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Cross allergies: what they are and what you need to watch out for

cross allergies

Cross-allergies are reactions triggered by the intake of certain foods. Let's find out which are the most important and how to protect yourself.

When we talk about cross-reactions we mean the presence of allergic reactions (in usually sensitive subjects) apparently unmotivated. In most cases, these occur following the intake of substances that contain the same proteins (or some very similar ones) of pollen or dust mites. When an allergic person comes into contact with these products, his immune system is alerted, thus giving rise to a real allergic reaction.
It is a phenomenon that is still little known but increasingly widespread and therefore it is really very important to know. Only in this way, in fact, will it be possible to prevent any problems caused by food intake.

Cross allergies: causes and symptoms

As already mentioned, most cross-allergies have to do with food and mostly concern people who are allergic to pollen or dust mites.
Although this is not a certainty (not everyone responds in the same way to various foods), it is therefore advisable to know the foods that can trigger a given allergy.

cross allergies
cross allergies

In fact, when cross-allergies occur, they are caused by the presence of proteins of the substance to which one is allergic, present even in minimal part in some foods. Usually, therefore, it is a problem that manifests itself more easily in the pollen season or in which what you are allergic to is present in the air. The symptoms that may indicate this type of allergy are always the same and can be summarized as follows:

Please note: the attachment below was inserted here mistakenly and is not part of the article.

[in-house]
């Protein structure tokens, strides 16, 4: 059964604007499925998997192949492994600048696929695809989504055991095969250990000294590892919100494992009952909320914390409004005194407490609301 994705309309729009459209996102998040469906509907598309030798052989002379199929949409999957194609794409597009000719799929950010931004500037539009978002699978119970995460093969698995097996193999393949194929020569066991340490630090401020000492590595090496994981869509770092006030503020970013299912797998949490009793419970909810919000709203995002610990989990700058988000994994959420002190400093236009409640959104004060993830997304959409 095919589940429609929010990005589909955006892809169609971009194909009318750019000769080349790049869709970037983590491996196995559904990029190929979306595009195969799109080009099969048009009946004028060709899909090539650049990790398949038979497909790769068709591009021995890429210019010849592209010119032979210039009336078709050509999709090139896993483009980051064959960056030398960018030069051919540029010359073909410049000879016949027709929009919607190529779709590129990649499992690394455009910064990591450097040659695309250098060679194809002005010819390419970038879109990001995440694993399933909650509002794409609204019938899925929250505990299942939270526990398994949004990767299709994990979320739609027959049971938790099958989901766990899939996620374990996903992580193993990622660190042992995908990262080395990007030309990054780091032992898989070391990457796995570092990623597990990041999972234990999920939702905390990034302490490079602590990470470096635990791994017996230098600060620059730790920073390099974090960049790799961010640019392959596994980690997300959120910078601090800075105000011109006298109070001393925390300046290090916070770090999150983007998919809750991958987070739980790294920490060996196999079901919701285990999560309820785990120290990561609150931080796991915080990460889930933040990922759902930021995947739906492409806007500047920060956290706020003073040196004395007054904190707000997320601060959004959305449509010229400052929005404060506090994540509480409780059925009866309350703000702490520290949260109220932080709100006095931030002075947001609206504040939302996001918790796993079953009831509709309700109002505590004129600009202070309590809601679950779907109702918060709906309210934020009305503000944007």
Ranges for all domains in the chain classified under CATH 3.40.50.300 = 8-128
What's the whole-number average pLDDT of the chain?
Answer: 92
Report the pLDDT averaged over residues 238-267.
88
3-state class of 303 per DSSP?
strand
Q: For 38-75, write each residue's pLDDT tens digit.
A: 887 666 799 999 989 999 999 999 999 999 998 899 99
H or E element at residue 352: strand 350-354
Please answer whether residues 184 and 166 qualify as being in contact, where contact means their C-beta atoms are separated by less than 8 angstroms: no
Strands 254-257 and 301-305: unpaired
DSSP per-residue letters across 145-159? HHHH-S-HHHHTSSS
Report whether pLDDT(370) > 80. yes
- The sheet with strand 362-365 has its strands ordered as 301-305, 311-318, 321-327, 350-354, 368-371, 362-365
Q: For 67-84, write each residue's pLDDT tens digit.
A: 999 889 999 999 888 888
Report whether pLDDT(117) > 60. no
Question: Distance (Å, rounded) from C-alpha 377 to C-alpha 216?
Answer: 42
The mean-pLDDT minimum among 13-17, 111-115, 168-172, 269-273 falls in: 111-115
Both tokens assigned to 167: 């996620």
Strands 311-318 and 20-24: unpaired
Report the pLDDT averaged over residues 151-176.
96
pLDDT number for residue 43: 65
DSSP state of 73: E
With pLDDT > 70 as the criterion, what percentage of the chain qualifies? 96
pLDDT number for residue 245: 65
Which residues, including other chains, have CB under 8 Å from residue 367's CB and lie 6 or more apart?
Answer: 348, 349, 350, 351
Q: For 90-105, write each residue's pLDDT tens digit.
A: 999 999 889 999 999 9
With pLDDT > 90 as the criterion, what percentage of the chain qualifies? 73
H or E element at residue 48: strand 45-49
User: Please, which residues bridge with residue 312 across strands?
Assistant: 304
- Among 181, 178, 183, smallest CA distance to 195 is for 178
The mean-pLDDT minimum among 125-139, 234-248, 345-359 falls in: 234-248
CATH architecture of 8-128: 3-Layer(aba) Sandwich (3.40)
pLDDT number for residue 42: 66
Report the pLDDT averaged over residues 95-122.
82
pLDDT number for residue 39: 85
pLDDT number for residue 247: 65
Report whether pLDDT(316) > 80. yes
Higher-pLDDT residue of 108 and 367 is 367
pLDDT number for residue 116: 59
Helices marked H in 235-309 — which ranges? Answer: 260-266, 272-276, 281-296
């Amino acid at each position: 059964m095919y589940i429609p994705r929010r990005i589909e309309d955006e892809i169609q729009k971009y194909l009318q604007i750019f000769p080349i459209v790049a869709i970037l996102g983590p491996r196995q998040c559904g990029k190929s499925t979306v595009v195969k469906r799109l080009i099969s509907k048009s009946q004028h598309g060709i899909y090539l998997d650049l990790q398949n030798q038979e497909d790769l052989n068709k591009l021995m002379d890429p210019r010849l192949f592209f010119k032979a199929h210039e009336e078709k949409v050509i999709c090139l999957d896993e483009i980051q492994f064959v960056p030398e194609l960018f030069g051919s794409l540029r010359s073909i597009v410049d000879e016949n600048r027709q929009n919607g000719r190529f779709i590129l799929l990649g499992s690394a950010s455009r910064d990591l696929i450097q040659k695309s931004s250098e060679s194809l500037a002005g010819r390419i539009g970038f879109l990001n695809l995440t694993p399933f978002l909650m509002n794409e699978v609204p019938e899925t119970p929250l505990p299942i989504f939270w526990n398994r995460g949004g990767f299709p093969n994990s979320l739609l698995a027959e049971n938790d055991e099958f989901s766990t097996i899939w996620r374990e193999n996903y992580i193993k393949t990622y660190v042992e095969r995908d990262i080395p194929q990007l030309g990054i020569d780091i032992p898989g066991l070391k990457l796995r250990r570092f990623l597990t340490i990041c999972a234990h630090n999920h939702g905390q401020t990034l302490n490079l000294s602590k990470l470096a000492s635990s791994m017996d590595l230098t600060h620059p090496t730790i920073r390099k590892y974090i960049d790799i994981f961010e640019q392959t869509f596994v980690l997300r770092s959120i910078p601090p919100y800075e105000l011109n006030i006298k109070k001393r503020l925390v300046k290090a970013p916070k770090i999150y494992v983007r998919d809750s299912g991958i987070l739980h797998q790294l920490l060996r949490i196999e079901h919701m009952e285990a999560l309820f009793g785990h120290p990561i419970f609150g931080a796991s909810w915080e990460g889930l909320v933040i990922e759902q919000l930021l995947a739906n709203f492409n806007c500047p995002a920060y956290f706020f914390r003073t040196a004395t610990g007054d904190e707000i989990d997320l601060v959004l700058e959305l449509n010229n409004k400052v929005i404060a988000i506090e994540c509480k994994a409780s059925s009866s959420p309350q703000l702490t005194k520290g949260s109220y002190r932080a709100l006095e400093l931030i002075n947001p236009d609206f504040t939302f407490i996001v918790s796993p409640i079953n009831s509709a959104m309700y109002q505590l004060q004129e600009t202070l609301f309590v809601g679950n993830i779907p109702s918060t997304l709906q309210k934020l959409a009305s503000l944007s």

– Itching
– Vesicles
– Breathing problems

Only in very rare cases and in hypersensitive subjects can anaphylactic shock occur.
If you have any doubts about it, there is an allergy test known as Allergy Explorer text which allows you to check the allergic response to various allergens, including those present in minimal quantities on foods.

What are the foods to watch out for?

When talking about cross allergies, it is important to first understand what you are allergic to. In this way, it will be much easier to identify risky foods.
In case of pollen allergy , for example, honey consumption should be reduced or avoided.

Who is allergic to parietaria should consume less peas, melon, cherries, basil and pistachios. Birch allergy sufferers should pay attention to apples, pears, strawberries, plums, peaches, raspberries, almonds, cherries, fennel, peanuts and dried fruits.

Those who know they have an allergy to grasses should instead avoid the consumption of oranges, watermelon, melon, tomatoes, potatoes, peaches, apricots, plums, apples, almonds, peanuts and, in some cases, cereals and derivatives. Finally, (although there are many more allergies), those who are allergic to mites should avoid snails, shellfish and mussels. In fact, by taking these foods you can have allergies of various entities ranging from the simplest oral allergy syndrome to a real food allergy.

How to avoid cross allergies

As it is easy to understand, the first thing to do in case of a full-blown allergy to pollen or other molecules is to inquire about which foods can trigger a cross-reaction.
Once this is done, the most practical solution is to eliminate or reduce the consumption of foods that contain similar proteins.

In the event of errors and non-serious reactions, an antihistamine can be taken while, for the most serious cases, an injection of epinephrine is necessary which can be carried out in the emergency room even if, in the case of severe and risky allergies, the doctor tends to prescribe do-it-yourself bites and to be injected if necessary.

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